Shoujo – Supernatural, drama, gender bender
1 Volume (complete)
Mikuzu can see spirits, and she’s constantly being chased by them. Now she has another problem: she’s gained a stalker. Desperate and afraid, Mikuzu asks for help at the rumored haunted house. The person inside agrees to help her, but much to Mikuzu’s surprise, it’s a boy dressed as a girl!
While the author is known for one or two volume series, this should have been longer.
When I finished reading Heaven’s Will, I had to double-check and make sure the final chapter wasn’t ripped out or anything. That’s how confused I felt. I’m just going to let the author’s own words elaborate on this: “Unfortunately, it ended without me being able to even do half of what I had planned. . . . [S]o it’s a brilliantly incomplete story.” Although Heaven’s Will is given a sort of ending, it truly feels like “end of volume 1” rather than “end of series”. The manga probably needed a good three volumes. Heaven’s Will might have been interesting if it were longer, but at its actual length, it just feels like a waste of time.
So what is here? Girl sees apparitions, girl meets cross-dressing boy with a past, girl likes boy, girl discovers boy’s secret and wants to help. Throw in a vampire dog, and that’s the whole manga. While the “protagonist with sixth sense” plot has been done many times before, Heaven’s Will might have been an enjoyable version of this story with a heroine learning to become stronger along with a dose of gender-bending comedy. Instead, the manga feels like nothing but a writing prompt for an English class. The biggest question in the story is left unanswered, and it’s not the sort of ending that’s meant to be dramatically left ambiguous; this is a “well, that’s all I have time for, folks” ending.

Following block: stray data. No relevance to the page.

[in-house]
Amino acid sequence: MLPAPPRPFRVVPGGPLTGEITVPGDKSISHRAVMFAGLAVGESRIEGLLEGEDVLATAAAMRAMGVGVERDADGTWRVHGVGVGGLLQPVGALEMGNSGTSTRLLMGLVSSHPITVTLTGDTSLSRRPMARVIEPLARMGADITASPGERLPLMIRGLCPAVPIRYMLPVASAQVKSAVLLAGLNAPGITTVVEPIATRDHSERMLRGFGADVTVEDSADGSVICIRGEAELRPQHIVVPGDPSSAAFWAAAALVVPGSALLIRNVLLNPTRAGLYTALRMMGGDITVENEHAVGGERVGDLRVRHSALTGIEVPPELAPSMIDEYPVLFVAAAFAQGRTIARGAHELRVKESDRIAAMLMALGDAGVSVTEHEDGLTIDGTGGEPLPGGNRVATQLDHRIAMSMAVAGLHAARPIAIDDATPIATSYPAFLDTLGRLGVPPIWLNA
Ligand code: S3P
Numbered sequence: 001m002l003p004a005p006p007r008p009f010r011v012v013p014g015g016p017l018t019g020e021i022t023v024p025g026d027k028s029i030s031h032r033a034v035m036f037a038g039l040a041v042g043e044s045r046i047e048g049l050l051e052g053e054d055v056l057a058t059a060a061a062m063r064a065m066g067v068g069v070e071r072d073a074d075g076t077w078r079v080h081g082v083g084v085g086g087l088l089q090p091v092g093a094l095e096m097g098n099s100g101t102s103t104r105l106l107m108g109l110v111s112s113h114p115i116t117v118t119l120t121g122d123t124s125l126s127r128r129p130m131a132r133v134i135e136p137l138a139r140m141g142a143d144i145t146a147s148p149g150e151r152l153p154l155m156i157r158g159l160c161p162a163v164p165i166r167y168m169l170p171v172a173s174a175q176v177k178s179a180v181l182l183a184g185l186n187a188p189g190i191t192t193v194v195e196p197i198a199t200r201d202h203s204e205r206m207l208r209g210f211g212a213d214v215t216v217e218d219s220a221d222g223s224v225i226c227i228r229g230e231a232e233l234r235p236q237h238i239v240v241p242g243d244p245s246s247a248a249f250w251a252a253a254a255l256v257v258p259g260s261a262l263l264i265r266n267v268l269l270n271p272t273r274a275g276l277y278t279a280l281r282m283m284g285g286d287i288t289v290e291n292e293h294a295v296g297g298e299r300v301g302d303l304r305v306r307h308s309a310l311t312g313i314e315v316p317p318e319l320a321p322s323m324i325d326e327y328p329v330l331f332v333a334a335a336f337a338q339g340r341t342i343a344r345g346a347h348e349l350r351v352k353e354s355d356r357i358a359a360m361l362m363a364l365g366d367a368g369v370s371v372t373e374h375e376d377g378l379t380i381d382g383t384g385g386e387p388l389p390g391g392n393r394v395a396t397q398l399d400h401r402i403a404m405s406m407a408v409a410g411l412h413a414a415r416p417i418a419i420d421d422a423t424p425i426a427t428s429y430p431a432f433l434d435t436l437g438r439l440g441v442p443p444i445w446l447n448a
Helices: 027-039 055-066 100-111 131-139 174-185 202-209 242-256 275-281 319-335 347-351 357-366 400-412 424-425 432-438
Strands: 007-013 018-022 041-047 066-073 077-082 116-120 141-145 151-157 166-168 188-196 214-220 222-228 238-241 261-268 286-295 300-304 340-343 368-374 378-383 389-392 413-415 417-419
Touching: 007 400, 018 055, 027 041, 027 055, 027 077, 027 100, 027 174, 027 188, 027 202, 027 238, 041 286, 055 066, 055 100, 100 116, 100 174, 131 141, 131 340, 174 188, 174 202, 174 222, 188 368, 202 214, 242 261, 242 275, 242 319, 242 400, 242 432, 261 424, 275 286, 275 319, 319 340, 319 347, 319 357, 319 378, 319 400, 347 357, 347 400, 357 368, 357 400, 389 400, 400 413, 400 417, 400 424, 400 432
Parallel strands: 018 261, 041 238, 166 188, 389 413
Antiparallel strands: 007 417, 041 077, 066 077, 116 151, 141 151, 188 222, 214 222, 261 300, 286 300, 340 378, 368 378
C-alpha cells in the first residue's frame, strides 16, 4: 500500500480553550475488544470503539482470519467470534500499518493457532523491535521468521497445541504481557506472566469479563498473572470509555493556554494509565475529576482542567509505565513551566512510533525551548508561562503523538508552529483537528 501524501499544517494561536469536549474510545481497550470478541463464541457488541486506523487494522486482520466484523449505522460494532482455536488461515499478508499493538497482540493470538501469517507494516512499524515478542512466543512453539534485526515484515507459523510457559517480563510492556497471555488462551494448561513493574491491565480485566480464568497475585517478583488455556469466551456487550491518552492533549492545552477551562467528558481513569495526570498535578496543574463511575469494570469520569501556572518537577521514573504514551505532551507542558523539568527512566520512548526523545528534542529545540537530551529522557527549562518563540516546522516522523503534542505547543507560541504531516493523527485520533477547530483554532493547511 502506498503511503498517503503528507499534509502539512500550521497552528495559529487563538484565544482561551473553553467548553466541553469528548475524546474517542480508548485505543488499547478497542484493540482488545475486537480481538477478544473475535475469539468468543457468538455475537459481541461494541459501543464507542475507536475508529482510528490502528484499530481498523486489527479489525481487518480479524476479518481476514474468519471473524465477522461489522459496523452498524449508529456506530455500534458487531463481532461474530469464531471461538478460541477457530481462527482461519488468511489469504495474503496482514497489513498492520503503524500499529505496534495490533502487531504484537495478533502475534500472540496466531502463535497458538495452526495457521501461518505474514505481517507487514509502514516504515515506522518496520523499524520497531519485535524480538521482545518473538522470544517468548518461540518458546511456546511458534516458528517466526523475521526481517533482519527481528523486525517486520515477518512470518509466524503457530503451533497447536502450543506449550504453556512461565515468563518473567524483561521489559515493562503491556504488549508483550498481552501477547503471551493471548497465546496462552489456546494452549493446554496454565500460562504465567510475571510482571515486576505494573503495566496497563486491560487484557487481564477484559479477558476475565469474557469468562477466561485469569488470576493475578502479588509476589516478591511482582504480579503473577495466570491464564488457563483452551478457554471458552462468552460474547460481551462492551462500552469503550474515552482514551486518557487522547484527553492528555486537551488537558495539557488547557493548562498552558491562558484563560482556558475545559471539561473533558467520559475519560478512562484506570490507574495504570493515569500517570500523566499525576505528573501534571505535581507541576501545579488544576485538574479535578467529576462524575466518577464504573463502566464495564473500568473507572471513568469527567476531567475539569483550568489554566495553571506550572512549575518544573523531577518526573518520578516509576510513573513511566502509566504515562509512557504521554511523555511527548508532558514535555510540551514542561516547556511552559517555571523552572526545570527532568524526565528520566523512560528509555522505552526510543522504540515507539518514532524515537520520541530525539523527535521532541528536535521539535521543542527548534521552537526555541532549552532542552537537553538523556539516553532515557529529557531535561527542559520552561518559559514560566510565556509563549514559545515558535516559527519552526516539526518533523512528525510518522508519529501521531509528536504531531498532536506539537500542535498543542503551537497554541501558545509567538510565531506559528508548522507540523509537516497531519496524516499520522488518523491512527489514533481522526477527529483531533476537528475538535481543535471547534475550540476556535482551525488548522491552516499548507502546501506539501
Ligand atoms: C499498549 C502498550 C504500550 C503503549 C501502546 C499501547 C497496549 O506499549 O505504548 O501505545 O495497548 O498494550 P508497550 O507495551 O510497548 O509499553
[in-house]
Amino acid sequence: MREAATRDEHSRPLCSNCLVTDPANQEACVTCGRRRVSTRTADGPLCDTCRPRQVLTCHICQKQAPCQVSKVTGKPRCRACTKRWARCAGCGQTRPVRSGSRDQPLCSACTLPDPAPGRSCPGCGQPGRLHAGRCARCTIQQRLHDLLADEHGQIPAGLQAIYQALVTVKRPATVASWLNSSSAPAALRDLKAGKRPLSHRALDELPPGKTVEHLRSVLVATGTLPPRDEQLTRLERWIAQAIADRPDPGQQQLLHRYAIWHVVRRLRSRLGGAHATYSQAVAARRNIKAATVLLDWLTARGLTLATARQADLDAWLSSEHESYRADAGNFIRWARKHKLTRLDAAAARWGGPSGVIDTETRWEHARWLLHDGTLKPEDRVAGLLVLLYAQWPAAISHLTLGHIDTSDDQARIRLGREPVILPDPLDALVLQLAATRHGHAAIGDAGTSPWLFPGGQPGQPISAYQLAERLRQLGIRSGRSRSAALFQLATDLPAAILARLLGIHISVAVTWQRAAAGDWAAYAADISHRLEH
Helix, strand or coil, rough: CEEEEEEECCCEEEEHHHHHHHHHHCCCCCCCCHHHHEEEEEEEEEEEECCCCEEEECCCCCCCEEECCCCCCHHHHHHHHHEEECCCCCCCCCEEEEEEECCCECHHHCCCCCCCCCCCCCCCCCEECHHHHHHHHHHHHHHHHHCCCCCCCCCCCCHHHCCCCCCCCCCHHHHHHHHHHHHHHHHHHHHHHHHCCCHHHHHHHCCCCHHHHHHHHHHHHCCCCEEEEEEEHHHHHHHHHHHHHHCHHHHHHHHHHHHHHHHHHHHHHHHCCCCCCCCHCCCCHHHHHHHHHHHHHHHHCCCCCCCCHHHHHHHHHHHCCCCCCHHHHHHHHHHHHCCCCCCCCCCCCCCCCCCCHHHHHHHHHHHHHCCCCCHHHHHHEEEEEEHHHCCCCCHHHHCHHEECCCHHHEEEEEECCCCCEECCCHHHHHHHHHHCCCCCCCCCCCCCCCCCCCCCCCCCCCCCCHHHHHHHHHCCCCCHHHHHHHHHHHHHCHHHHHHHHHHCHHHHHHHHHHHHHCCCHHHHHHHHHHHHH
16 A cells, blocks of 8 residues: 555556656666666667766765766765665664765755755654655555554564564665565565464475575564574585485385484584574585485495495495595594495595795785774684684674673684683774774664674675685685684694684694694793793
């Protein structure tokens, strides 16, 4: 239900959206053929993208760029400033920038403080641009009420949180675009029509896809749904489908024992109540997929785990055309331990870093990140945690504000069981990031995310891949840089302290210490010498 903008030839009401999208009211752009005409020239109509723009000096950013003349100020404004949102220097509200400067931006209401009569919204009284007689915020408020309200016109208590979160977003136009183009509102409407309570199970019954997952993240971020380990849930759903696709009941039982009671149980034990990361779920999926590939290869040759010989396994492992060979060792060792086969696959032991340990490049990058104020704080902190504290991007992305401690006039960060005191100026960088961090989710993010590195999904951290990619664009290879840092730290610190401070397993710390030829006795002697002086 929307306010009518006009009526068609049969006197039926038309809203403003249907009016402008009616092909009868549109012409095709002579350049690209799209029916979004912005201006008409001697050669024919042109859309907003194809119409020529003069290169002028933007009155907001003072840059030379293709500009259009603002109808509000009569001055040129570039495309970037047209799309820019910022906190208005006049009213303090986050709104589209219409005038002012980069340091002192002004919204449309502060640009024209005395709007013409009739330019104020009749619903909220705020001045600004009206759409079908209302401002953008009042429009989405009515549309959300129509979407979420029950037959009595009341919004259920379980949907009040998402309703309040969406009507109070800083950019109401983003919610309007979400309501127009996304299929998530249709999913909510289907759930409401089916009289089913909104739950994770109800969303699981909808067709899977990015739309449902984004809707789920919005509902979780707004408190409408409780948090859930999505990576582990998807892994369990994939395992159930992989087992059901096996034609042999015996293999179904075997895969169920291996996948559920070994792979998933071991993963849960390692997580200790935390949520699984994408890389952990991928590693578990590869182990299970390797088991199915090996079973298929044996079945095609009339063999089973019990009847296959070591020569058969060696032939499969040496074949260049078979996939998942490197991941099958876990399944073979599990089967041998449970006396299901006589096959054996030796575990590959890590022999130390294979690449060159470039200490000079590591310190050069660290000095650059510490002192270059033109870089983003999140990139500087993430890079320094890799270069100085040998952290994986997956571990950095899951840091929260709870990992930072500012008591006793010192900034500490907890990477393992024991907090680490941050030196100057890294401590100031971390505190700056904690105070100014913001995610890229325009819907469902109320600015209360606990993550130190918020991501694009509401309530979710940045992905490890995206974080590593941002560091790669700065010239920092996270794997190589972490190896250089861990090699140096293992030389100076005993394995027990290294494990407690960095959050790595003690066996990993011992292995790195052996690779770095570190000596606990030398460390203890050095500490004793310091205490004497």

Really, there’s not much more to say. The character development, the story, the art, everything might have been different if Heaven’s Will was longer. Mikuzu’s feelings seem to develop too fast (and honestly presents Mikuzu as very clingy), hints of a potential love triangle go nowhere, and even the explanation of Seto’s powers are pretty weak. Even the comedy bits feel forced and out-of-place considering how short this manga is. Seto’s cake obsession comes across as jarring compared to the serious tone of Heaven’s Will.
As for the art, the fast pace means some action-orientated panels are skipped. Which is ironic, since Takamiya tends to keep his pages busy. He doesn’t include many large panels or full-page spreads. Mikuzu is at point A. Now she’s at point B. The oni is here. Now it’s attacking somehow. Did I miss details because I knew there was no way to wrap up the story in such a short amount of time, or did Takamiya really try to cram things in there? Who knows; I’m not going to reread it to find out. In addition, because the main cast’s colors are mostly dark and light (no in-between), screentones and shading are extremely limited. It’s like Heaven’s Will isn’t trying to hide the fact it’s in black and white. I will say I like Takamiya’s more emotionally exaggerated faces, the way he portrays faces of shock. While most authors use some sort of screentone (like a mosaic), Takamiya generally whites out the eyes and replace the pupils with a single dot. It’s an interesting to present horror and resentment.
Quite frankly, this series is too short for me to bother to review. No honorifics are used. Mikuzu’s name is misspelled at least twice in the book as “Mizuku”. Words like “oni” are kept in Japanese. Otherwise, it’s okay.
Save your time and money. Pass. The story is too ambitious for a single volume.
None of Takamiya’s other works are available in English.
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